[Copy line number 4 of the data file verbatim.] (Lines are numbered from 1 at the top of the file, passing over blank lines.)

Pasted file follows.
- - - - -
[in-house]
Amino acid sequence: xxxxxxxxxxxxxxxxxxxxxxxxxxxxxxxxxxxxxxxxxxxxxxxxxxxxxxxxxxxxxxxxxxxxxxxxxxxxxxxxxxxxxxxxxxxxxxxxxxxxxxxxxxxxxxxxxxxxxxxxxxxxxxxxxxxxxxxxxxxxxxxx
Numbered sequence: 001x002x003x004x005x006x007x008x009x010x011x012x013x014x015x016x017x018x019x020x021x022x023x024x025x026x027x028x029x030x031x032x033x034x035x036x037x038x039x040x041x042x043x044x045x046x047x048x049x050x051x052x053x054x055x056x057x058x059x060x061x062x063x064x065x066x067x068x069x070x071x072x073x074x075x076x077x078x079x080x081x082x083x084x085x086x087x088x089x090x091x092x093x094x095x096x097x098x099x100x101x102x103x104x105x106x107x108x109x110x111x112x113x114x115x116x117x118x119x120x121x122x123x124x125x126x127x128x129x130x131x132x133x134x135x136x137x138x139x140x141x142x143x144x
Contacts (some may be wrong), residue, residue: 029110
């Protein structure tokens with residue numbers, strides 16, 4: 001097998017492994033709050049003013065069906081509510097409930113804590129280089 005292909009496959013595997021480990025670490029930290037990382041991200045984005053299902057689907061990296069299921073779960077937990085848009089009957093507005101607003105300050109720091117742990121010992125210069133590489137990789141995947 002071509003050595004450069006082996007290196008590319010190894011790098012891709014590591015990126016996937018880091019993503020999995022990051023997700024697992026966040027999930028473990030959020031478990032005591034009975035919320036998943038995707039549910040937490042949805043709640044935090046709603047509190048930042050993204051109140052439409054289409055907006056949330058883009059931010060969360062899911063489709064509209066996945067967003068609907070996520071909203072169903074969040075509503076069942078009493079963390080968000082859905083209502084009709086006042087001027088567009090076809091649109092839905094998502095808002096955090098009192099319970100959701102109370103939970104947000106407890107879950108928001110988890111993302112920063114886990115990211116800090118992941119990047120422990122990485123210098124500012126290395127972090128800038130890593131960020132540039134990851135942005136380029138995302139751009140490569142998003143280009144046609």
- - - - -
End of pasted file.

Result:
Contacts (some may be wrong), residue, residue: 029110